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Spence, H. D. M., etc.

The Pulpit Commentary - Psalms 50:15

The day of trouble. I. HERE IS A DAY THAT WILL COME TO ALL . You may not have hitherto known "trouble;" if so, be thankful, but prepared. The immunity of the past is no protection. Sooner or later it will be said to you, as Eliphaz said to Job, "Now it is come upon thee" ( Job 4:5 ). And this is well. To be without trouble would be to lack one of the chief disciplines of life, and to lay us under the suspicion of being "bastards, not sons." II. HERE IS A DUTY ... read more

Albert Barnes

Albert Barnes' Notes on the Whole Bible - Psalms 50:15

And call upon me in the day of trouble - This is a part of real religion as truly as praise is, Psalms 50:14. This is also the duty and the privilege of all the true worshippers of God. To do this shows where the heart is, as really as direct acts of praise and thanksgiving. The purpose of all that is said here is to show that true religion - the proper service of God - does not consist in the mere offering of sacrifice, but that it is of a spiritual nature, and that the offering of sacrifice... read more

Joseph Benson

Joseph Benson's Commentary of the Old and New Testaments - Psalms 50:15

Psalms 50:15. And call upon me Make conscience of that great duty of constant and fervent prayer to me, which is an acknowledgment of thy subjection to me, and of thy trust and dependance upon me, and therefore is pleasing to me; in the day of trouble When trouble comes, do not endeavour to avoid or extricate thyself from it by sinful shifts and contrivances, nor apply merely or chiefly to creatures for relief, but give glory to me, by applying to me, relying on my promises, and expecting... read more

Donald C. Fleming

Bridgeway Bible Commentary - Psalms 50:1-23

Psalms 50:0 True worshipIn a scene that displays his awesome majesty, God commands the whole world to stand before his judgment throne (1-3). He is the righteous judge of all the peoples of the world, and his first call to judgment concerns his own people, Israel (4-6).God’s complaint against the Israelites is not that they have failed to offer sacrifices and offerings. Indeed, they have offered them continually (7-8). But God will not accept their offerings. Instead of offering their... read more

Thomas Coke

Thomas Coke Commentary on the Holy Bible - Psalms 50:14-15

Psalms 50:14-15. Offer unto God, &c.— In these two verses is expressed the establishment of the Christian service, the spiritual oblation of prayer and thanksgiving. By thanksgiving here may be meant not only the blessing God for all his mercies in general; but also that eucharistical sacrifice, in which we particularly bless him for the gift of his son to die for us; we are to pay the vows, to perform the promises and resolutions made at that eucharist, which are constantly to be attended... read more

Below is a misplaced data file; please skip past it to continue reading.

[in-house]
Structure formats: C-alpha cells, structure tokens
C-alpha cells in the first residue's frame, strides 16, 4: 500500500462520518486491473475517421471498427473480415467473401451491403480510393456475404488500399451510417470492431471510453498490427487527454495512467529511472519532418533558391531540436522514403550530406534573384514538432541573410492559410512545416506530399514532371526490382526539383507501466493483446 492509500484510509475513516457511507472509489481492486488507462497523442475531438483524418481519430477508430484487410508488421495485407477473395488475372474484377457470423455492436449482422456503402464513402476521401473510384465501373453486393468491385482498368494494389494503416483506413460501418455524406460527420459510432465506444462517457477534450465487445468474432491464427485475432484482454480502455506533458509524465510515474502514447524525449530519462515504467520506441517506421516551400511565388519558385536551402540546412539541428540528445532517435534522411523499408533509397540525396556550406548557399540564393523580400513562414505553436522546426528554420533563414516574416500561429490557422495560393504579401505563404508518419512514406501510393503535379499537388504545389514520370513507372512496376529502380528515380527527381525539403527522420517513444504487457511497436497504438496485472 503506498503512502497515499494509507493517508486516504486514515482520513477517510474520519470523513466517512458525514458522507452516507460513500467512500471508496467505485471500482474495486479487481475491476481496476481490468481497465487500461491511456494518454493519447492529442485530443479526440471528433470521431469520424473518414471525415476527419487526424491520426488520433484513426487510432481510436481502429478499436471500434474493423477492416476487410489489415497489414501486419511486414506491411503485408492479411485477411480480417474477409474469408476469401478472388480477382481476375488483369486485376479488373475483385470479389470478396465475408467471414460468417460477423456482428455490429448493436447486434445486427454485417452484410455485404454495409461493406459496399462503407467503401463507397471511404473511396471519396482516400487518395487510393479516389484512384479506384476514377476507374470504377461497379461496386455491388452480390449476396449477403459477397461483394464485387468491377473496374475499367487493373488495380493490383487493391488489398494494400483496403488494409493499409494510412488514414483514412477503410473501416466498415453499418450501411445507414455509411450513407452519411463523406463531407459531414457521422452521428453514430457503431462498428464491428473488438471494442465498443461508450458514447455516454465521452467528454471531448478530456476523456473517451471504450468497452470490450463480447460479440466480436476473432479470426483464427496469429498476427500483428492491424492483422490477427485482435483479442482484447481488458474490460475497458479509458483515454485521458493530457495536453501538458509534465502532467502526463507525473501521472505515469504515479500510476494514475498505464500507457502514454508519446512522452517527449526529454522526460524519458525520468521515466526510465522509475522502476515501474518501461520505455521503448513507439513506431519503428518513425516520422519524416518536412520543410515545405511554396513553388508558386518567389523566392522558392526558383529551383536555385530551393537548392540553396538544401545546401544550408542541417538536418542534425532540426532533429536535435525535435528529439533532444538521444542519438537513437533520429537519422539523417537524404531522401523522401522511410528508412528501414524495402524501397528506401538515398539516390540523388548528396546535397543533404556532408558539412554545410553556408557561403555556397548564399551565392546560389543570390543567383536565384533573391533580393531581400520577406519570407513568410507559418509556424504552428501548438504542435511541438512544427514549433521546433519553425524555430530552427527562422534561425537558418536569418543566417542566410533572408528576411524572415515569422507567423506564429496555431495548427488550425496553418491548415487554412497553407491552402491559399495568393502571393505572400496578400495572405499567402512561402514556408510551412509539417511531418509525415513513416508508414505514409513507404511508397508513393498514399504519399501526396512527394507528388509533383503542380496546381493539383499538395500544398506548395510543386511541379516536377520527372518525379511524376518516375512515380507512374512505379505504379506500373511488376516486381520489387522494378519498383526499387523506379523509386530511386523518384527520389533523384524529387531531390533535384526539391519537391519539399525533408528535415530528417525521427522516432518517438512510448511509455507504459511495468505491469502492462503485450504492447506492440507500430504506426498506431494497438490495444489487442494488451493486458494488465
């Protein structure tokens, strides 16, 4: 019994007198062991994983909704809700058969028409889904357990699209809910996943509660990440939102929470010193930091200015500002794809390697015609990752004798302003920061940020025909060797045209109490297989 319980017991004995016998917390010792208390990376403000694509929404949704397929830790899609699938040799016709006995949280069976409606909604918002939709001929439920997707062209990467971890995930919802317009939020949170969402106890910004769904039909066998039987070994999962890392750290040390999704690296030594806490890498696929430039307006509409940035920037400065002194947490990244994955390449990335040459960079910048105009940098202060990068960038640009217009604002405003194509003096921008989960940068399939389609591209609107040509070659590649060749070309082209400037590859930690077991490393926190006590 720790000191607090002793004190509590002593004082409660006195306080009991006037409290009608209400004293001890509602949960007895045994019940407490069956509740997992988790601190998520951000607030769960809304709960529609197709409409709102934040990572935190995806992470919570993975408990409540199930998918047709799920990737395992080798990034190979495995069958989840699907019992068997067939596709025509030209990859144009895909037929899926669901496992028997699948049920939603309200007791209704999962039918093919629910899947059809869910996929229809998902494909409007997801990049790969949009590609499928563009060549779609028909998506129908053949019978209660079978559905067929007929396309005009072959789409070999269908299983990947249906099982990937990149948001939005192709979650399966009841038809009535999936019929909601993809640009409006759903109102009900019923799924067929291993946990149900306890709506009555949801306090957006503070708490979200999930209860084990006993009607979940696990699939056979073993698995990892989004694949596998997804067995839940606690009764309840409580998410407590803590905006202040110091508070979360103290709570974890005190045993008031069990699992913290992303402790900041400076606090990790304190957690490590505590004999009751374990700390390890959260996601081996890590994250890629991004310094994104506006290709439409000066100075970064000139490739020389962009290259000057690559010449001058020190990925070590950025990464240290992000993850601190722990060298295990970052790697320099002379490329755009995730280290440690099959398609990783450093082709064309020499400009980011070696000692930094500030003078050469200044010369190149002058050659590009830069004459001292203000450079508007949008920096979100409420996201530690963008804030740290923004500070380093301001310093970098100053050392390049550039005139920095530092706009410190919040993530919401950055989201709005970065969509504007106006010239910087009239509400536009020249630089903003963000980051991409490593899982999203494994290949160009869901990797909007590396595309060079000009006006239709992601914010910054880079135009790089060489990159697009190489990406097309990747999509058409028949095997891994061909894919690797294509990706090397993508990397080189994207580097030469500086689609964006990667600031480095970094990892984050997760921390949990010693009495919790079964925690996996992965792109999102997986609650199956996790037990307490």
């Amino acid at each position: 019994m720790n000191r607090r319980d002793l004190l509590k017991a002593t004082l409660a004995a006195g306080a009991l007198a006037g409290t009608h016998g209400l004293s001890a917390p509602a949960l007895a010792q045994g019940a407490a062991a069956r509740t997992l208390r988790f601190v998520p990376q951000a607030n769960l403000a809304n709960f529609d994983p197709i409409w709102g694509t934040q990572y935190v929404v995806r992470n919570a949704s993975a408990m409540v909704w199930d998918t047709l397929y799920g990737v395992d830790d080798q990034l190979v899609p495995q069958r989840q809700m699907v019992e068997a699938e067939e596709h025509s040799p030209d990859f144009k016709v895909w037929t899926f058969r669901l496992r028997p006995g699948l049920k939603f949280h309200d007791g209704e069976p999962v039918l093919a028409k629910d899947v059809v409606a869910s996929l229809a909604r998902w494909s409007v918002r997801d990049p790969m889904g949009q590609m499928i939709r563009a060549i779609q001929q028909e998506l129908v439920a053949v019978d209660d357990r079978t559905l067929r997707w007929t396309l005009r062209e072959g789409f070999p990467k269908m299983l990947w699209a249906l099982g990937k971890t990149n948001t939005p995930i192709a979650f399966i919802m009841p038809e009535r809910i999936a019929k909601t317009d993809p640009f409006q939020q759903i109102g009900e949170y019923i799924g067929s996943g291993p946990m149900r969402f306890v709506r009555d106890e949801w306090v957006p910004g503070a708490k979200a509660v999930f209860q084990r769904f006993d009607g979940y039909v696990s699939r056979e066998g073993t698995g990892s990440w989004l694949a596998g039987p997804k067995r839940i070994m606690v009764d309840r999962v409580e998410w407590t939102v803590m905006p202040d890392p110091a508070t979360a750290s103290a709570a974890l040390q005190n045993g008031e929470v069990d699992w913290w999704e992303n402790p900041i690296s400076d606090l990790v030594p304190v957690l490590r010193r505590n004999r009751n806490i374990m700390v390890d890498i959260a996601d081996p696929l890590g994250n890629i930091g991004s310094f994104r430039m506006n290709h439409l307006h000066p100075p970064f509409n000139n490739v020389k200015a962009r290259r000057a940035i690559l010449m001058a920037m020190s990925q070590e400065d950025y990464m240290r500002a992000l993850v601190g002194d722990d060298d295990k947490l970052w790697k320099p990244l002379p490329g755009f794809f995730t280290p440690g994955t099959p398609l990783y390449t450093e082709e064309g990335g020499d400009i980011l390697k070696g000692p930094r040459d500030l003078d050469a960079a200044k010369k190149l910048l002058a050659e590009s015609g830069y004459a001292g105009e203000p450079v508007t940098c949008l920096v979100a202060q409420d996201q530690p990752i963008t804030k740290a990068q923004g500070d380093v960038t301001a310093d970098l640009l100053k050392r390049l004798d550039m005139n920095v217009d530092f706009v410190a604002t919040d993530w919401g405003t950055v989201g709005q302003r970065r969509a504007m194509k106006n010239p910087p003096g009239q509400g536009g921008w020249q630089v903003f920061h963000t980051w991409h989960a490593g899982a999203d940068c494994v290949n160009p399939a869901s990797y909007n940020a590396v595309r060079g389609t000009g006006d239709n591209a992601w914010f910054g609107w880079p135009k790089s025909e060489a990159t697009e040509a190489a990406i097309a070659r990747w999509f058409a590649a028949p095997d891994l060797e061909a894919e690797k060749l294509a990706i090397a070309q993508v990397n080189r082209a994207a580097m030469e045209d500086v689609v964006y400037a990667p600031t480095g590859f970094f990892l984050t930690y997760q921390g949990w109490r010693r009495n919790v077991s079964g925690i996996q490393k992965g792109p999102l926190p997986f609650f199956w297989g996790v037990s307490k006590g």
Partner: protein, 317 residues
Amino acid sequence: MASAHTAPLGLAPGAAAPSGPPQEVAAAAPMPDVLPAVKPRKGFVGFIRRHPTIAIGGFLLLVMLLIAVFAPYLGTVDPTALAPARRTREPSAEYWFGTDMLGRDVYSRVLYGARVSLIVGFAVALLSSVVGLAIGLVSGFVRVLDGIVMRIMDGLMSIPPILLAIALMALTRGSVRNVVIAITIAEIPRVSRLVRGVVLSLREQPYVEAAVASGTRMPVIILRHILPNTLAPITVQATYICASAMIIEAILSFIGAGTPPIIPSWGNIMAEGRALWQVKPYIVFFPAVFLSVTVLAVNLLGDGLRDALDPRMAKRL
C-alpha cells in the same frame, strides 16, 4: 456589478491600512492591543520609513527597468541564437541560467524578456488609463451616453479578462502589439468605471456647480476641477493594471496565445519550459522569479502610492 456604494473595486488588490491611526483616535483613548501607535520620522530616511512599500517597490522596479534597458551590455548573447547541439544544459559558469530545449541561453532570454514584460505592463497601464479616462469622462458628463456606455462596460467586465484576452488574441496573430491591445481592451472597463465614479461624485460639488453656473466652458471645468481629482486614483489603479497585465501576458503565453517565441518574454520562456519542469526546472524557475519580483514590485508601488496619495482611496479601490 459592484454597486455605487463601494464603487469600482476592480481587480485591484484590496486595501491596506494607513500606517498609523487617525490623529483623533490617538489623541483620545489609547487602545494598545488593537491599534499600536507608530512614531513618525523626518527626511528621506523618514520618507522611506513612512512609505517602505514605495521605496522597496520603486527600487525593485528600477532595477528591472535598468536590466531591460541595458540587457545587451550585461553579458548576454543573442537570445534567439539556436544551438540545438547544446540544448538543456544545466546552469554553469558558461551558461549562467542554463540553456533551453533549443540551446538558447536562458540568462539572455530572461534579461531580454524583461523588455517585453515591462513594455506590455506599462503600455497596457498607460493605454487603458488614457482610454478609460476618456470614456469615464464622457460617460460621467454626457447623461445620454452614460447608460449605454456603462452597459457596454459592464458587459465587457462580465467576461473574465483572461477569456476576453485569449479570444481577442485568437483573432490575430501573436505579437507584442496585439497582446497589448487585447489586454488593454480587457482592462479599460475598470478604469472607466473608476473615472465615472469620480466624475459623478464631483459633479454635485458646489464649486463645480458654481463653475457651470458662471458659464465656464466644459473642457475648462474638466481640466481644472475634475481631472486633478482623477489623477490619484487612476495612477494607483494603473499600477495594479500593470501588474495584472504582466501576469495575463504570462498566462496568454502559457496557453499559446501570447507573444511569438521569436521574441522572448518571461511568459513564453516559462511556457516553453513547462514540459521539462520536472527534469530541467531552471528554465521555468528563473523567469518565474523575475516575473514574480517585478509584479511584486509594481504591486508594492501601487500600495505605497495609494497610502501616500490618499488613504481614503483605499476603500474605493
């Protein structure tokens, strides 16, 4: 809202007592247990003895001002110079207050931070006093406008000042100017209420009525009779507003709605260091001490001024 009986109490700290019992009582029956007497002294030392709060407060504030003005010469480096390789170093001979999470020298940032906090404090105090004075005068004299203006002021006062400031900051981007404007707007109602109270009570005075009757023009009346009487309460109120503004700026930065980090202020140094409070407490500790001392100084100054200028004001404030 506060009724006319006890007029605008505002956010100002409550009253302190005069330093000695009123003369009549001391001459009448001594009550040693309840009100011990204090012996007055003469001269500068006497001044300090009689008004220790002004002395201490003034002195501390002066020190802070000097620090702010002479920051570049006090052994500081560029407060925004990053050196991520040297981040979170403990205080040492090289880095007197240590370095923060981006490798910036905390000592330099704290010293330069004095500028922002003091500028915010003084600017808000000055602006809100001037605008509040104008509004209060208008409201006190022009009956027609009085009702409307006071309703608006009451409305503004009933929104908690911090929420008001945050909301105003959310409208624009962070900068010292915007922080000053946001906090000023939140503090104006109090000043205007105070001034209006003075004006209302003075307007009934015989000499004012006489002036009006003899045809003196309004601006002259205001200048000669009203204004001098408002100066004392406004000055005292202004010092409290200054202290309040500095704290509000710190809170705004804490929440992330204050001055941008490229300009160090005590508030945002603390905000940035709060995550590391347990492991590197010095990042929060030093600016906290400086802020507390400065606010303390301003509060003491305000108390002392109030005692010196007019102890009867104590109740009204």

Thomas Constable

Expository Notes of Dr. Thomas Constable - Psalms 50:1-23

Psalms 50This psalm pictures God seated in His heavenly throne room. He has two indictments against His people Israel. The wicked among them were hypocritical in their worship, a violation of the first part of the Decalogue, and in their interpersonal relationships, a violation of the second part. They needed to return to Him wholeheartedly. This is a didactic psalm written to teach God’s people an important lesson."This psalm is the speech of God, who addresses his covenant partner concerning... read more

Thomas Constable

Expository Notes of Dr. Thomas Constable - Psalms 50:14-15

God wanted His people to give Him what giving their animals and produce represented, namely, their gratitude. Thank offerings expressed gratitude for something God had done for the offerer. Votive offerings were also expressions of thanks. God wanted His people to look to Him for their needs, and when He provided, He wanted them to honor Him with gratitude. In other words, He wanted them to enjoy a vital relationship with Himself, not just a formal one in which He was their God and they were... read more

John Dummelow

John Dummelow's Commentary on the Bible - Psalms 50:1-23

The title (A PsALM of Asaph) is discussed in Intro, to Book 3, where the other Pss. of Asaph are found. The present Ps. is one of solemn warning to those who attempt to serve God by formal sacrifices while their lives are full of wickedness. God will come to judge His people (Psalms 50:1-6). He tells the formalists that He does not need animal sacrifices (Psalms 50:7-13), and asks for praise, obedience, and prayer (Psalms 50:14-15). He reproves the hypocrites for their sins (Psalms 50:16-20)... read more

Charles John Ellicott

Ellicott's Commentary for English Readers - Psalms 50:9-18

(9-18) Notice the fine tone of irony that pervades this rebuke, the best weapon against ritualistic errors. read more

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